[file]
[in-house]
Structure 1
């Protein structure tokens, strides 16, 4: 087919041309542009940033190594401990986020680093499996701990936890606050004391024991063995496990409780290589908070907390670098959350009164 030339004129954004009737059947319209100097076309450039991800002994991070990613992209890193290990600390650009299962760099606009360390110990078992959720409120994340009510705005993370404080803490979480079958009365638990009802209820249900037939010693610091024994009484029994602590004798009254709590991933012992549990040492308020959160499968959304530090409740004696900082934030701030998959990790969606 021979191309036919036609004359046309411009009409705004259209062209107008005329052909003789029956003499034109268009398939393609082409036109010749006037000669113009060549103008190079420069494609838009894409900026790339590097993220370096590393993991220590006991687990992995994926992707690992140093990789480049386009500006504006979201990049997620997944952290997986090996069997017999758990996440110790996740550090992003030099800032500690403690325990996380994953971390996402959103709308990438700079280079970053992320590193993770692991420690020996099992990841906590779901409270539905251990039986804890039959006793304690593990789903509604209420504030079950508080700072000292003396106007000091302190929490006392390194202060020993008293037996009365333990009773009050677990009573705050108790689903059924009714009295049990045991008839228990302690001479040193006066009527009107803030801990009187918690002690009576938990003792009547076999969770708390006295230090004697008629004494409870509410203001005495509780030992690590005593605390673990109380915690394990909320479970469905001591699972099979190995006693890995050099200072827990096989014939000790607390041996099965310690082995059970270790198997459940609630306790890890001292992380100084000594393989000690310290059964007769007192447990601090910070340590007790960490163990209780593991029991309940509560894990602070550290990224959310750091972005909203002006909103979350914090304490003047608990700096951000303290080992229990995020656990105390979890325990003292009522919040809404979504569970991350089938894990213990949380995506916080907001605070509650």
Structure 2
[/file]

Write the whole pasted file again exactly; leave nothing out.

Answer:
[in-house]
Structure 1
């Protein structure tokens, strides 16, 4: 087919041309542009940033190594401990986020680093499996701990936890606050004391024991063995496990409780290589908070907390670098959350009164 030339004129954004009737059947319209100097076309450039991800002994991070990613992209890193290990600390650009299962760099606009360390110990078992959720409120994340009510705005993370404080803490979480079958009365638990009802209820249900037939010693610091024994009484029994602590004798009254709590991933012992549990040492308020959160499968959304530090409740004696900082934030701030998959990790969606 021979191309036919036609004359046309411009009409705004259209062209107008005329052909003789029956003499034109268009398939393609082409036109010749006037000669113009060549103008190079420069494609838009894409900026790339590097993220370096590393993991220590006991687990992995994926992707690992140093990789480049386009500006504006979201990049997620997944952290997986090996069997017999758990996440110790996740550090992003030099800032500690403690325990996380994953971390996402959103709308990438700079280079970053992320590193993770692991420690020996099992990841906590779901409270539905251990039986804890039959006793304690593990789903509604209420504030079950508080700072000292003396106007000091302190929490006392390194202060020993008293037996009365333990009773009050677990009573705050108790689903059924009714009295049990045991008839228990302690001479040193006066009527009107803030801990009187918690002690009576938990003792009547076999969770708390006295230090004697008629004494409870509410203001005495509780030992690590005593605390673990109380915690394990909320479970469905001591699972099979190995006693890995050099200072827990096989014939000790607390041996099965310690082995059970270790198997459940609630306790890890001292992380100084000594393989000690310290059964007769007192447990601090910070340590007790960490163990209780593991029991309940509560894990602070550290990224959310750091972005909203002006909103979350914090304490003047608990700096951000303290080992229990995020656990105390979890325990003292009522919040809404979504569970991350089938894990213990949380995506916080907001605070509650």
Structure 2